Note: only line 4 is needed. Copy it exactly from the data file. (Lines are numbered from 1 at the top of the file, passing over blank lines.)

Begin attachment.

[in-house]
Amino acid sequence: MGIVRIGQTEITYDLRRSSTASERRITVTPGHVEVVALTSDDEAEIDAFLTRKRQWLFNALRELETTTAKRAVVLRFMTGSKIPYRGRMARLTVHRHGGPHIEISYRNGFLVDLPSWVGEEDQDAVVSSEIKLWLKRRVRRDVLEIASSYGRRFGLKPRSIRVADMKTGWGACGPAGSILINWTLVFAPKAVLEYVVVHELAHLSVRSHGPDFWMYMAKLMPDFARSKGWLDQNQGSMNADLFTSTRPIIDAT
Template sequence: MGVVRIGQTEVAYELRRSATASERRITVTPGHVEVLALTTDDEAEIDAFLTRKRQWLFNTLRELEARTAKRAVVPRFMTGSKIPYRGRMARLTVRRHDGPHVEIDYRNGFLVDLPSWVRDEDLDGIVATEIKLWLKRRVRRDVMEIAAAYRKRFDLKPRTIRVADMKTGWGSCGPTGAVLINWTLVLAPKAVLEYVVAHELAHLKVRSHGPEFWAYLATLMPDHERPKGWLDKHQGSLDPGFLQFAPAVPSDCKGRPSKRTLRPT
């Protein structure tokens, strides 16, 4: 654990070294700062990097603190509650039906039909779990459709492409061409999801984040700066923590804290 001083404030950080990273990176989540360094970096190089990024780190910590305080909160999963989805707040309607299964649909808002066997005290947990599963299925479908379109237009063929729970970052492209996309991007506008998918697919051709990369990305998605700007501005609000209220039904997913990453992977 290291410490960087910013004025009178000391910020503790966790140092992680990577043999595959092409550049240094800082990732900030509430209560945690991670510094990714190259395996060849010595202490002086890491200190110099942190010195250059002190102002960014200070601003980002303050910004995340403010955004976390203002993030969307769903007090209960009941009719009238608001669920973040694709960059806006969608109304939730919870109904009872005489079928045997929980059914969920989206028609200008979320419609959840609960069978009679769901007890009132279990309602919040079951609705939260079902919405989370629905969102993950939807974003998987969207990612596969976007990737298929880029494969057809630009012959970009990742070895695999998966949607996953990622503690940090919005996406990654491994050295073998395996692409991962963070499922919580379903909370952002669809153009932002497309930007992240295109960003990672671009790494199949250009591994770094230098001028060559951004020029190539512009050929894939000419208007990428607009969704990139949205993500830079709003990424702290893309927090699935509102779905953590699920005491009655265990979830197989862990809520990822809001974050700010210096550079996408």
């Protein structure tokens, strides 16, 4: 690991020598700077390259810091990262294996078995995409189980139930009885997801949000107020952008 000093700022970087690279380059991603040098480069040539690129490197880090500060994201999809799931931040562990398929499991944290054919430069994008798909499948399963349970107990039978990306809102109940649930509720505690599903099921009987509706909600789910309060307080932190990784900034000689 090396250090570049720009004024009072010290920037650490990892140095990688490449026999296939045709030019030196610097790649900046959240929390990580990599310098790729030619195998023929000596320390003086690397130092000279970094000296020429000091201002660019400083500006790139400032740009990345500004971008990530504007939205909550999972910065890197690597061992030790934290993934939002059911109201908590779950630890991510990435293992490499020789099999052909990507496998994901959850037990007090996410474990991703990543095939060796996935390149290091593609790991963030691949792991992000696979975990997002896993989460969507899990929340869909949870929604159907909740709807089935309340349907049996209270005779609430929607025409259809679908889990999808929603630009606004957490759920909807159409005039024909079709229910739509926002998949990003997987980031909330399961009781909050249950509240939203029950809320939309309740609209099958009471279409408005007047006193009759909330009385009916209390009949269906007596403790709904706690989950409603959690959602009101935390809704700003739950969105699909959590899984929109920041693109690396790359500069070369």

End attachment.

């Protein structure tokens, strides 16, 4: 654990070294700062990097603190509650039906039909779990459709492409061409999801984040700066923590804290 001083404030950080990273990176989540360094970096190089990024780190910590305080909160999963989805707040309607299964649909808002066997005290947990599963299925479908379109237009063929729970970052492209996309991007506008998918697919051709990369990305998605700007501005609000209220039904997913990453992977 290291410490960087910013004025009178000391910020503790966790140092992680990577043999595959092409550049240094800082990732900030509430209560945690991670510094990714190259395996060849010595202490002086890491200190110099942190010195250059002190102002960014200070601003980002303050910004995340403010955004976390203002993030969307769903007090209960009941009719009238608001669920973040694709960059806006969608109304939730919870109904009872005489079928045997929980059914969920989206028609200008979320419609959840609960069978009679769901007890009132279990309602919040079951609705939260079902919405989370629905969102993950939807974003998987969207990612596969976007990737298929880029494969057809630009012959970009990742070895695999998966949607996953990622503690940090919005996406990654491994050295073998395996692409991962963070499922919580379903909370952002669809153009932002497309930007992240295109960003990672671009790494199949250009591994770094230098001028060559951004020029190539512009050929894939000419208007990428607009969704990139949205993500830079709003990424702290893309927090699935509102779905953590699920005491009655265990979830197989862990809520990822809001974050700010210096550079996408």